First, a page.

GPS TRACKING OF THE FORAGING MOVEMENTS OF OILBIRDS (STEATORNIS CARIPENSIS) FROM THE DUNSTON CAVE AT ASA WRIGHT NATURE CENTRE, TRINIDAD

David Allen Oehler, Mike G. Rutherford, Danielle La Bruna, Kimberly Chu Foon, Leonard Weakly, Jr

Abstract


The ranging behaviors of the Oilbird (Steatornis caripensis) in Trinidad are not well defined and are required to better outline fu- ture conservation management parameters for this species. Due to the nocturnal foraging behaviors of the Oilbird, past observations were restricted to colony site observations, video recordings, and limited electronic tracking over short periods. Utilizing newly developed small- scale Global Positioning System (GPS) data loggers, we were able to determine the flight and foraging behaviors of two oilbirds that roost at the Asa Wright Nature Centre for up to 270 days. The use of backpack style GPS tracking devices provided high site resolution and accuracy of the movements and a better understanding of the annual foraging behaviors of the oilbirds in the Asa Wright Nature Centre colony. The oilbirds’ home range was determined to be 3,564.6 km2, with an average trip distance from Dunston Cave of 7.33 km, excluding an interme- diary migration point in Venezuela. 48.5% of the foraging area consisted of locations within the Northern Range, while 27.7% of these trips remained within the Arima Valley, which is only partially protected from quarrying activities. This data document the previously unknown patterns of habitat use of the Oilbird and serves as a pilot study to determine the conservation importance of those habitats for the develop- ment of long-term conservation action plans for these iconic birds.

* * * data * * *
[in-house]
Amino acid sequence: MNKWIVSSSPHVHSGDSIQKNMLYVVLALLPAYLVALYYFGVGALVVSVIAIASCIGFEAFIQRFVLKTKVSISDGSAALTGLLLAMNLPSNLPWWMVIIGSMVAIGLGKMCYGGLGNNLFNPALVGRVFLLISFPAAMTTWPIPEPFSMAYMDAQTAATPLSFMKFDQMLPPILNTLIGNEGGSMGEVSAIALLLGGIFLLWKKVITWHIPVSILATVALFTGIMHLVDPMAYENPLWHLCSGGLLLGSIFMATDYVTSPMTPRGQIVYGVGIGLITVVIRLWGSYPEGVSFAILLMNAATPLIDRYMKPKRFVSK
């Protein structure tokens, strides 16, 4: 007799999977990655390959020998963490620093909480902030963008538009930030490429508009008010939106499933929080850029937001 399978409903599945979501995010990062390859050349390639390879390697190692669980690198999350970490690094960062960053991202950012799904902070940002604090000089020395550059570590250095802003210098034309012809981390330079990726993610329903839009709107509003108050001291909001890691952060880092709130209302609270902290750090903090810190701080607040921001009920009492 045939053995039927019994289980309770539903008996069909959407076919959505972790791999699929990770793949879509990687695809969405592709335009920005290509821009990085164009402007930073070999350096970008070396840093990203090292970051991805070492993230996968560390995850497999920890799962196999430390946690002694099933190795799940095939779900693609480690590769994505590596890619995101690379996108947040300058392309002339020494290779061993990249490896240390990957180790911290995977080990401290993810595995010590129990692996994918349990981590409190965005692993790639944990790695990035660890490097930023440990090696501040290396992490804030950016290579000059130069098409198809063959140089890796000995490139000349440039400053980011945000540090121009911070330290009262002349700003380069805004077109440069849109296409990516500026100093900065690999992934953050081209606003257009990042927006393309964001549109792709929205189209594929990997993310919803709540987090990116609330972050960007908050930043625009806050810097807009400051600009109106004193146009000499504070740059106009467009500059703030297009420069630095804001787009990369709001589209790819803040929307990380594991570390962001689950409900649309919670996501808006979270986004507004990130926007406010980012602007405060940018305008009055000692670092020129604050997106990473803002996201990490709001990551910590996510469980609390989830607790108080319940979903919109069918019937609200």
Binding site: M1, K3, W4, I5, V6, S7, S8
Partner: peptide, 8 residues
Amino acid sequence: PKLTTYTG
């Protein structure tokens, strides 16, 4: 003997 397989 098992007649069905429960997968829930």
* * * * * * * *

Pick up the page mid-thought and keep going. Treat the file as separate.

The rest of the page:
Keywords


Oilbird ­ Steatornis caripensis ­ wildlife tracking ­ conservation management

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